Section 139 (1) of the Companies Act, 2013, states that every company must appoint an auditor. Further, the Act also confers certain rights and duties upon the auditor. For an auditor to perform in a fair manner, he needs powers to avoid any roadblocks. While auditors of a sole proprietorship or partnership can have rights depending on the agreement between the firm and the auditor, in the case of companies there are statutory rights and duties of an auditor. Today, we will talk about the duties of an auditor in a company.
An auditor is a qualified professional who evaluates the financial statements of a company. The core idea is to ascertain if the company is complying with the set standards. A company can hire an internal auditor (working in the organization) or an external auditor (not related to the organization). While an internal auditor might have some bias, an external auditor is usually fair and without prejudice.
Duties of an Auditor
Section 143 of the Companies Act, 2013, outlines the duties of an auditor. Here is a detailed explanation of the same:
Provide Audit Report
An auditor is primarily expected to examine the company’s accounts and financial statements and provide an audit report. Further, he must present this report to the company. This report helps in establishing the credibility of the company’s accounts. The primary reason behind this credibility is the assurance from the auditor. Also, the audit report ensures that the accounting and auditing standards are met.
Make Proper Enquiry
An auditor can request access to all financial information of the company. This includes the books of accounts, vouchers, etc. Further, the auditor has the right to make the following inquiries from the company:
- Has the company properly secured the loans and advances extended on the basis of security? Also, he must confirm if the company has ensured that the terms and conditions of the loans/advances are fair.
- If there are some transactions that are mere ‘book entries’, then the auditor must ensure that they are not harmful to the company in any manner.
- Has the company shown its loans and advances as deposits?
- Are the personal expenses charged to the revenue account?
- If shares were allotted for cash, then has the cash been received? If not, then the auditor needs to verify the company’s stand in the book of accounts.
Audit of the Branch Offices
Usually, one of these people audit the branch office of a company:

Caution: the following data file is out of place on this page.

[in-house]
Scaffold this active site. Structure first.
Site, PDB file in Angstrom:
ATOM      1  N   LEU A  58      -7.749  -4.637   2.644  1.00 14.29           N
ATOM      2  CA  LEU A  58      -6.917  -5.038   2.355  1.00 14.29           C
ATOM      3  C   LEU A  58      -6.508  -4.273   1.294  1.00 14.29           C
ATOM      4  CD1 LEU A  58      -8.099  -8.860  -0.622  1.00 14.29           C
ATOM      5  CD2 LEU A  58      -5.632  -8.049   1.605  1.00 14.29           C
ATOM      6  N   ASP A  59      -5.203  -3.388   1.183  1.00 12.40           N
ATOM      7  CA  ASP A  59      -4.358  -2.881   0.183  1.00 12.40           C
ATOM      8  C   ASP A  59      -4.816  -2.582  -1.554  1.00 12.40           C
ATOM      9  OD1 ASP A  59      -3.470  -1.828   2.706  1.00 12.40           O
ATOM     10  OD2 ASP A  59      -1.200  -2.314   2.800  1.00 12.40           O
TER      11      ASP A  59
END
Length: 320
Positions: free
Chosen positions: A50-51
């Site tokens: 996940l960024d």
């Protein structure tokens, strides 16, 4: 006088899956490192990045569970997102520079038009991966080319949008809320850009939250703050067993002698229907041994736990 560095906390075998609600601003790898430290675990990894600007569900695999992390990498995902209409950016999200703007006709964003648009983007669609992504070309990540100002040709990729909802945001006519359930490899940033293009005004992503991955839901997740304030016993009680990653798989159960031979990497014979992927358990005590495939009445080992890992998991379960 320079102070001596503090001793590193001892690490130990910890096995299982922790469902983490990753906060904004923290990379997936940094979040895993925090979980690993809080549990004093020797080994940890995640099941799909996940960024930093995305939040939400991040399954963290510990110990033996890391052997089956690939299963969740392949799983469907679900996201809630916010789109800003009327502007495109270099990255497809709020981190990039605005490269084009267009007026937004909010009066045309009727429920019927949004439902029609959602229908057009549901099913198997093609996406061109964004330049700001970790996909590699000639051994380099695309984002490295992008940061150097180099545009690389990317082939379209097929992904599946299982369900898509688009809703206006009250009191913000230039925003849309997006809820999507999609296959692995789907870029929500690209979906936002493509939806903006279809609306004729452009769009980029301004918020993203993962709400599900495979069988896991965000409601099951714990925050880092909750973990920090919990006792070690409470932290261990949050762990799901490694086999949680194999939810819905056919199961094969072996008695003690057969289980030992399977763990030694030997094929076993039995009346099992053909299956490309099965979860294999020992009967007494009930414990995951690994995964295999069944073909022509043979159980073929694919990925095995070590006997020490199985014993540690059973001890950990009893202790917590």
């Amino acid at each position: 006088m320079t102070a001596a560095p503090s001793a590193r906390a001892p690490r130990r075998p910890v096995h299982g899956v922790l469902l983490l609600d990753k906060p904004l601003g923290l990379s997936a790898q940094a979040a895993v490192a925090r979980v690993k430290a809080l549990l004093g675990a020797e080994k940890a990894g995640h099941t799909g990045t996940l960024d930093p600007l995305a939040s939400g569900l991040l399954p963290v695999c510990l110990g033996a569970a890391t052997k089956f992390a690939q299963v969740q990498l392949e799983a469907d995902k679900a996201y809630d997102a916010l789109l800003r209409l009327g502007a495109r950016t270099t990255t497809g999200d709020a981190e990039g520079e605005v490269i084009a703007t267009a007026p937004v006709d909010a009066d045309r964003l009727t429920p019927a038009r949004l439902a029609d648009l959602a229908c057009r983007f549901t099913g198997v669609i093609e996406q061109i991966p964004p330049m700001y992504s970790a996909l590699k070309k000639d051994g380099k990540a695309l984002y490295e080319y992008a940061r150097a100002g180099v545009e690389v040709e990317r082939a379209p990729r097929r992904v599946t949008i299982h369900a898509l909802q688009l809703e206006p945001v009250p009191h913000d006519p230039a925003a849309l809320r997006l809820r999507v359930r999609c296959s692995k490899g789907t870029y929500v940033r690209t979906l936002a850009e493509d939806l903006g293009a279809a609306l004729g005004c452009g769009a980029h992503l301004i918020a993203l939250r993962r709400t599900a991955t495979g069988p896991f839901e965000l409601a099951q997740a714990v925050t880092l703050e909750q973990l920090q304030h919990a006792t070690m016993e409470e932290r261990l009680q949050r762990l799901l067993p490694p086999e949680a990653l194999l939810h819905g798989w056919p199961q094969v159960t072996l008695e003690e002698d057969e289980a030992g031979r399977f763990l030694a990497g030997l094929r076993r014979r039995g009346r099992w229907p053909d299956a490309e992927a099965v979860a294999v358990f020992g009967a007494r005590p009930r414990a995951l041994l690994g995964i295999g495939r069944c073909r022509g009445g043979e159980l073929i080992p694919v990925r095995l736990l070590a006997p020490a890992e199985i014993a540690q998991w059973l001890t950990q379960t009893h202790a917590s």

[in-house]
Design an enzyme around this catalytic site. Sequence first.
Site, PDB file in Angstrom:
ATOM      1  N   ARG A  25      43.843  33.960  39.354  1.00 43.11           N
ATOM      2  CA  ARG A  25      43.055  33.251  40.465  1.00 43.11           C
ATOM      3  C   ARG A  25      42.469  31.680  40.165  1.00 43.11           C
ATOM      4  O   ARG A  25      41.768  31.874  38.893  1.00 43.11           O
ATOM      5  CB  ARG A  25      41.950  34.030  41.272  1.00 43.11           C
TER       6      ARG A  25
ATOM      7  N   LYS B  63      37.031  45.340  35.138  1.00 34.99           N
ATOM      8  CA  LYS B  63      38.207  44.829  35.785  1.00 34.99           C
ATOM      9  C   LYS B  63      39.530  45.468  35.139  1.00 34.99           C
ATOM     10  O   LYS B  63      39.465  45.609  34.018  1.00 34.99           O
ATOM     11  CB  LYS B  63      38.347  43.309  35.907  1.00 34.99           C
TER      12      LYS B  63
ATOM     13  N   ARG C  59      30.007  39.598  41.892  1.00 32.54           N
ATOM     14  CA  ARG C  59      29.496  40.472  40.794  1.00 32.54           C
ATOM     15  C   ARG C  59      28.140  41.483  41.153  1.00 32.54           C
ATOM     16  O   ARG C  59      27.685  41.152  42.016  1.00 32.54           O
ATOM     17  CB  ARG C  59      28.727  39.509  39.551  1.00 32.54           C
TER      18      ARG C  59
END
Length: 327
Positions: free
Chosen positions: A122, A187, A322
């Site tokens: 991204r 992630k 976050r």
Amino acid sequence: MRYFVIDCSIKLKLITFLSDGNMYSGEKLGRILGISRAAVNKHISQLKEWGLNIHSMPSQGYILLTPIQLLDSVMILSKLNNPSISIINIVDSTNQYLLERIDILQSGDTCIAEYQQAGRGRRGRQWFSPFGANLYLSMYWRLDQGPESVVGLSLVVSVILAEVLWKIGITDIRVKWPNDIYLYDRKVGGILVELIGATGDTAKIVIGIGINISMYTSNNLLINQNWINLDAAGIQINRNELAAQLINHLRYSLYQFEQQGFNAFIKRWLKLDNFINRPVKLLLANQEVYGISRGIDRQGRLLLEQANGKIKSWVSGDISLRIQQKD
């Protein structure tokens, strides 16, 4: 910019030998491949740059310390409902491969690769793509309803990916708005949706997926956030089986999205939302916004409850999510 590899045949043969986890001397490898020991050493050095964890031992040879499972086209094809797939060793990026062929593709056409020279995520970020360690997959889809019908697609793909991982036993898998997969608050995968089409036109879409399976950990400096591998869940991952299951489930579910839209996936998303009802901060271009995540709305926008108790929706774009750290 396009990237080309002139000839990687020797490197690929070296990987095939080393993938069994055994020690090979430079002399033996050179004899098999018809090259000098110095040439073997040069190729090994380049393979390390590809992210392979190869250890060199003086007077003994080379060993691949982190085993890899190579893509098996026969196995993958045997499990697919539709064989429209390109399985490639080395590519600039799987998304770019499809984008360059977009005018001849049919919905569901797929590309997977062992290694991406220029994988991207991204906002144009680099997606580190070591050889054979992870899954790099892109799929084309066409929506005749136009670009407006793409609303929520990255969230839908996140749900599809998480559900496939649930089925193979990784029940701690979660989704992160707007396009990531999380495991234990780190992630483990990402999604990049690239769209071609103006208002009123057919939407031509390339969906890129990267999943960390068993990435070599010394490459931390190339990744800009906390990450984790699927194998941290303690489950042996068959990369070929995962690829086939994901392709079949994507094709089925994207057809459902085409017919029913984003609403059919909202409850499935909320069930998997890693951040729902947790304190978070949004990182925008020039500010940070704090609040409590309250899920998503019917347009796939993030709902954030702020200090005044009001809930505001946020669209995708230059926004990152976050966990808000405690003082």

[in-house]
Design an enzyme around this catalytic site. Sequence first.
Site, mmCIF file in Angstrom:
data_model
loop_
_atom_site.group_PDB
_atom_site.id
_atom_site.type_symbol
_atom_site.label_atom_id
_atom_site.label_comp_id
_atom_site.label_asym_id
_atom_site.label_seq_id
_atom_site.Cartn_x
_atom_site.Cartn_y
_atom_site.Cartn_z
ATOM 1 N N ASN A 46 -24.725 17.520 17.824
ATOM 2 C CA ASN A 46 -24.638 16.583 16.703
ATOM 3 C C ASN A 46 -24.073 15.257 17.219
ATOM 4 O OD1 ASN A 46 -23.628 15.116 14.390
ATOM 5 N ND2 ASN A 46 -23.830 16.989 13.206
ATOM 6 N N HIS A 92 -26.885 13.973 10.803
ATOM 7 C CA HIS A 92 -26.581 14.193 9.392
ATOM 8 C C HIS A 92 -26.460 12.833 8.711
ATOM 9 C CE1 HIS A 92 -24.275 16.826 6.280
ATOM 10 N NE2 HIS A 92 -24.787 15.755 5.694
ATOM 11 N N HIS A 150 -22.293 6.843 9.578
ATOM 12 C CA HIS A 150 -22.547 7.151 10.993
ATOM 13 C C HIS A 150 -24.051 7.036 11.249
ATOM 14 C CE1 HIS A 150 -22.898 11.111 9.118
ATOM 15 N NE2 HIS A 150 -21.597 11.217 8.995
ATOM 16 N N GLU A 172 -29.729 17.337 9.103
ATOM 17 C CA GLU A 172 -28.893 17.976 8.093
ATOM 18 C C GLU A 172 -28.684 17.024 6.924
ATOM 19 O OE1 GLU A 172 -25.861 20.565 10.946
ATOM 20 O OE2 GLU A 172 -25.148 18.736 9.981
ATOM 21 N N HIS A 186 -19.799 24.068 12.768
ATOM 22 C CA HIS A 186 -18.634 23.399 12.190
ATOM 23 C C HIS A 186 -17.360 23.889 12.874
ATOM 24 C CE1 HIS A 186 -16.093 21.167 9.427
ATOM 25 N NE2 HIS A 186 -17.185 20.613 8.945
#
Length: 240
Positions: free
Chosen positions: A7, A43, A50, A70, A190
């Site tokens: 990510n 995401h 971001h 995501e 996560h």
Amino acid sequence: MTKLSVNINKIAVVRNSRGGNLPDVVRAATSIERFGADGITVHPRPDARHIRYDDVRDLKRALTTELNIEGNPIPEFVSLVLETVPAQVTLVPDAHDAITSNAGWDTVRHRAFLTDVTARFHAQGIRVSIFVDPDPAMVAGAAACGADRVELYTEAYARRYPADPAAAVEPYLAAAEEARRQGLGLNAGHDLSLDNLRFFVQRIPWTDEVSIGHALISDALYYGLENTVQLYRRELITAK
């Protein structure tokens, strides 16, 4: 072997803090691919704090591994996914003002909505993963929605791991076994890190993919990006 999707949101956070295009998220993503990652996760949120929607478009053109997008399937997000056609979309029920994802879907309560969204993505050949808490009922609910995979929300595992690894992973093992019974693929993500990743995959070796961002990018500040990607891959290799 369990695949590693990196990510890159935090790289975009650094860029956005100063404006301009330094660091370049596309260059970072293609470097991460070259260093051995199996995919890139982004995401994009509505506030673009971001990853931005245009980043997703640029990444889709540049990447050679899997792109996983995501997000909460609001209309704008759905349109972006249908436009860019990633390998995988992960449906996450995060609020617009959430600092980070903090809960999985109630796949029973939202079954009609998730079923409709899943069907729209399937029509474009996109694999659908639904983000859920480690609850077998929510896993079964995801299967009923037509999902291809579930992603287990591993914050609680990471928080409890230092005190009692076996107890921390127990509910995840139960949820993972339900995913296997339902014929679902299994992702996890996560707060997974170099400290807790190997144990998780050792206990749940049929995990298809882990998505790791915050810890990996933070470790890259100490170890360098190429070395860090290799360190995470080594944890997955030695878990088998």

- The Company’s Auditor
- An auditor appointed for the branch
- In the case of a foreign branch, any competent person as per the laws of the foreign country
A branch auditor needs to perform all the duties of an auditor but at the branch level. Further, he needs to submit the audit report to the company’s auditor for examination.
An auditor must ensure that he complies with the auditing standards set by the government. The central government sets these standards after consulting the National Financial Reporting Authority (NFRA) and the Institute of Chartered Accountants in India (ICAI). These standards help the auditor in examining the accounts efficiently.
Since an auditor examines the books of accounts of a company, sometimes he can uncover a fraudulent transaction. This is sufficient reason for the auditor to believe that an offense has been committed equivalent to a fraud against the company. Since the company’s officials maintain the books of accounts, the auditor must assume that some employees have committed this fraud. In such cases, he must report the fraud to the central government or the Board of the Company, as the case may be applicable.
Maintain Integrity and Confidentiality
An auditor must learn to maintain confidentiality. While performing his duties as an auditor, he is privy to sensitive information about the company. He must ensure that he does not disclose this information to anyone without the company’s express approval. Further, the auditor must also exercise integrity while auditing the accounts.
Offer an honest opinion
In the audit report, an auditor must provide his opinion on the accounts of the company. If the auditor feels that the company’s statements provide a fair representation of its affairs, then he can confirm that the company complies with the statutory requirements and GAAP (Generally Accepted Accounting Principles).
On the other hand, if he feels that the financial statements do not provide a fair picture of the affairs of the company, then he must voice his adverse opinion regarding the same. Also, if he is dissatisfied with the information made available to him regarding the financials of the company, then he can issue a disclaimer of opinion. This indicates that he could not determine the financial status of the company due to the lack of adequate information. He must also specify the reasons behind this opinion.
Further, an auditor also needs to provide assistance to any officers investigating the company. Hence, as you can see above, the duties of an auditor encompass a wide range of functions. We hope that this article helped you understand the auditor’s duties in detail. to avail services for the appointment of an Auditor in your company, you can check out our auditor appointment services.